Industry 4.0 marks the integration of digital technologies, such as the Industrial Internet of Things (IIoT), artificial intelligence (AI), big data analytics, machine learning, and automation into various facets of industry. This integration of digital technologies has revolutionized industrial processes. Industry 4.0 brings factories into the modern age by utilizing smart machines and autonomous robotics, which make decisions based on real-time data. To make all these digital components operate seamlessly requires connectors for high power and data transfer. This learning module takes the reader through the basics of industrial automation, smart factory, and Industry 4.0, while discussing the importance of power and connectivity in smart factories and our sponsor’s connectivity solutions for Industry 4.0.
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2. What is Industrial Automation?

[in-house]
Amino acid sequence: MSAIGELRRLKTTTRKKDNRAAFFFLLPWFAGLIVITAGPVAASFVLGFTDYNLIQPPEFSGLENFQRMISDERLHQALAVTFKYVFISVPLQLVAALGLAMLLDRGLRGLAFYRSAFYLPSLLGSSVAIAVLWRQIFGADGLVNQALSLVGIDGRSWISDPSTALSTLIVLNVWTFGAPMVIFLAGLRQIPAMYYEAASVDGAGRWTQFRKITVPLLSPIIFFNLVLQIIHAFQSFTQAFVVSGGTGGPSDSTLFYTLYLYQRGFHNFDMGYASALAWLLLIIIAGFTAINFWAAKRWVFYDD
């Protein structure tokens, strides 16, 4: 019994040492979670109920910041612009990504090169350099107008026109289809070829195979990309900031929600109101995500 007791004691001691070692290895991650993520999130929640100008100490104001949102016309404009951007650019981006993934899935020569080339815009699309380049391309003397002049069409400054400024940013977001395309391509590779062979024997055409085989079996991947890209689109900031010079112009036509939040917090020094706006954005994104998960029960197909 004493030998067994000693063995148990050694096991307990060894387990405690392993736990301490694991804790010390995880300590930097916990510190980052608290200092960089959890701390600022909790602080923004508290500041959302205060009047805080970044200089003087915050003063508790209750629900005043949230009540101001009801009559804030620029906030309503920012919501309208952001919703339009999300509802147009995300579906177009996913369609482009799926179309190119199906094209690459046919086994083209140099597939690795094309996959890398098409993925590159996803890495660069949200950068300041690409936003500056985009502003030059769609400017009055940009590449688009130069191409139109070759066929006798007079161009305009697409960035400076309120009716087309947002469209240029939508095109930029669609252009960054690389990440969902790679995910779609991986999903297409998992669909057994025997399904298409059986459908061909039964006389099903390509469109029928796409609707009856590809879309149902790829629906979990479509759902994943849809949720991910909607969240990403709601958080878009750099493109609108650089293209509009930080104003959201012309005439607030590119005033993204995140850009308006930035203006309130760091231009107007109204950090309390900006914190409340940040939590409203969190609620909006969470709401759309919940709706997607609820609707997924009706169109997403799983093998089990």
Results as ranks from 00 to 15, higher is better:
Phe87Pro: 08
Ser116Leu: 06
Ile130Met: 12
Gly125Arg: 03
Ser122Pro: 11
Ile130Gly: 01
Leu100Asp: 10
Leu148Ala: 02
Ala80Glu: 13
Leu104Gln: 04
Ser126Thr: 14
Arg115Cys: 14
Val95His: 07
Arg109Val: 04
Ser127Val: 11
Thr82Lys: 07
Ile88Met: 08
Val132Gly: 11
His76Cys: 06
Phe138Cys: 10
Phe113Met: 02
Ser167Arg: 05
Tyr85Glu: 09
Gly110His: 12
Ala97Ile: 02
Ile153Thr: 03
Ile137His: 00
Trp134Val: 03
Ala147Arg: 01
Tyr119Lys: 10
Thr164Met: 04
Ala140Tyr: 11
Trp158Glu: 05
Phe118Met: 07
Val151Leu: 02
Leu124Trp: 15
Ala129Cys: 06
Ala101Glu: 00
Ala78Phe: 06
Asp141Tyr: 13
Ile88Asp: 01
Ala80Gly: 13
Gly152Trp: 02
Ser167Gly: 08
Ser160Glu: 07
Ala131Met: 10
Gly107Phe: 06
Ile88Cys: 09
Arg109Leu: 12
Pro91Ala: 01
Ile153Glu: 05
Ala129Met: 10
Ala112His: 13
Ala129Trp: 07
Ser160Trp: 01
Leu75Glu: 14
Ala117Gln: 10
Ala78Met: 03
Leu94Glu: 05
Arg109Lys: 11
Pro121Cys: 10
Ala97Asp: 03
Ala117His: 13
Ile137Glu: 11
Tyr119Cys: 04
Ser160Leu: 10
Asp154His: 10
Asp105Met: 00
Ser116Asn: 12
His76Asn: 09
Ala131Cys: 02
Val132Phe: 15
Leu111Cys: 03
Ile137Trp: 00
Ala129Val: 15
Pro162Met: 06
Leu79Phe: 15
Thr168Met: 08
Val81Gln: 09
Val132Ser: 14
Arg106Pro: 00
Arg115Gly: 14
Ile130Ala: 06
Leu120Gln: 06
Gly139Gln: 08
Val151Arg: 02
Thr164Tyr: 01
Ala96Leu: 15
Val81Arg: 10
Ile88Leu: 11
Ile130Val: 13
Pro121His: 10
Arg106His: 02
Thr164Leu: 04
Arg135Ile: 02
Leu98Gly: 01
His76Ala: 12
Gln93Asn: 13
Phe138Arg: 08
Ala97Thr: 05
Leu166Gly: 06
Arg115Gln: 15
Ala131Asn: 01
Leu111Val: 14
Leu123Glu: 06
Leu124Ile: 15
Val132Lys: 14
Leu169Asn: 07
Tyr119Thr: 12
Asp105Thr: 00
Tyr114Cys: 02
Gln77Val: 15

Industrial automation, synonymous with factory automation, is the practice of controlling and monitoring industrial processes and machinery with computers and control systems, all with minimal human intervention. Systems typically comprise a variety of sensors, actuators, and control systems, networked together to control and monitor the processes and equipment in the factory. When properly implemented, industrial automation increases efficiency and reliability. This leads to cost reductions, safety enhancements, and quality improvements. Industrial automation can also help to minimize the environmental impact of a factory.
Various limitations hinder the efficiency of conventional industrial automation, such as increased maintenance and fixed systems with little flexibility. Industry 4.0 addresses these shortcomings, modifying existing automation to enable free flowing communication and smart connectivity across an open and scalable platform.